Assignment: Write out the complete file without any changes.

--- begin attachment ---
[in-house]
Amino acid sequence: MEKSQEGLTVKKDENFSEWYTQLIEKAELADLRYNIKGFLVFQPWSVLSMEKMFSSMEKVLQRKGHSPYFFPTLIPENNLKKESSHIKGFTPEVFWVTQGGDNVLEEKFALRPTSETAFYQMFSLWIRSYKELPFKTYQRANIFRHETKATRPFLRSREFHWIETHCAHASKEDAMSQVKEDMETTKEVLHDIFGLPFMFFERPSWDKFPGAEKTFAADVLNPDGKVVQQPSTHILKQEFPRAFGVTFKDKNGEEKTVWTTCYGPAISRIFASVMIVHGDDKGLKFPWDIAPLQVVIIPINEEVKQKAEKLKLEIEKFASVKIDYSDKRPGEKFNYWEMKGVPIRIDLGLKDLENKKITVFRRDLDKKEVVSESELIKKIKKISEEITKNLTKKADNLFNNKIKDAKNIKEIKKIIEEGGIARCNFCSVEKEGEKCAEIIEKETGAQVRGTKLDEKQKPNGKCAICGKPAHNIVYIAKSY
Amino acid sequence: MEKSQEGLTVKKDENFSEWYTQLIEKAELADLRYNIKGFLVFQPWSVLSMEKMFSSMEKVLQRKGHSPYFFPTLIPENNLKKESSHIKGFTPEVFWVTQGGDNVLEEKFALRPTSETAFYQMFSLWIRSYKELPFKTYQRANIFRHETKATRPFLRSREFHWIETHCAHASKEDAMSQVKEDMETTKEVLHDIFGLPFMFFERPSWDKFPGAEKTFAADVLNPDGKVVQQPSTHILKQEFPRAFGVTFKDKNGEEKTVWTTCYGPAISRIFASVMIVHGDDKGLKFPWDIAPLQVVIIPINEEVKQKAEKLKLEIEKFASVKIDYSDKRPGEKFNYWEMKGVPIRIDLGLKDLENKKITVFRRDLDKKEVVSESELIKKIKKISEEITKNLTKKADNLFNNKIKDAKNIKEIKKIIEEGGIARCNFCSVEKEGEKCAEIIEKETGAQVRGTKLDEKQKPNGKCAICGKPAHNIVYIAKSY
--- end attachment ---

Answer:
[in-house]
Amino acid sequence: MEKSQEGLTVKKDENFSEWYTQLIEKAELADLRYNIKGFLVFQPWSVLSMEKMFSSMEKVLQRKGHSPYFFPTLIPENNLKKESSHIKGFTPEVFWVTQGGDNVLEEKFALRPTSETAFYQMFSLWIRSYKELPFKTYQRANIFRHETKATRPFLRSREFHWIETHCAHASKEDAMSQVKEDMETTKEVLHDIFGLPFMFFERPSWDKFPGAEKTFAADVLNPDGKVVQQPSTHILKQEFPRAFGVTFKDKNGEEKTVWTTCYGPAISRIFASVMIVHGDDKGLKFPWDIAPLQVVIIPINEEVKQKAEKLKLEIEKFASVKIDYSDKRPGEKFNYWEMKGVPIRIDLGLKDLENKKITVFRRDLDKKEVVSESELIKKIKKISEEITKNLTKKADNLFNNKIKDAKNIKEIKKIIEEGGIARCNFCSVEKEGEKCAEIIEKETGAQVRGTKLDEKQKPNGKCAICGKPAHNIVYIAKSY
Amino acid sequence: MEKSQEGLTVKKDENFSEWYTQLIEKAELADLRYNIKGFLVFQPWSVLSMEKMFSSMEKVLQRKGHSPYFFPTLIPENNLKKESSHIKGFTPEVFWVTQGGDNVLEEKFALRPTSETAFYQMFSLWIRSYKELPFKTYQRANIFRHETKATRPFLRSREFHWIETHCAHASKEDAMSQVKEDMETTKEVLHDIFGLPFMFFERPSWDKFPGAEKTFAADVLNPDGKVVQQPSTHILKQEFPRAFGVTFKDKNGEEKTVWTTCYGPAISRIFASVMIVHGDDKGLKFPWDIAPLQVVIIPINEEVKQKAEKLKLEIEKFASVKIDYSDKRPGEKFNYWEMKGVPIRIDLGLKDLENKKITVFRRDLDKKEVVSESELIKKIKKISEEITKNLTKKADNLFNNKIKDAKNIKEIKKIIEEGGIARCNFCSVEKEGEKCAEIIEKETGAQVRGTKLDEKQKPNGKCAICGKPAHNIVYIAKSY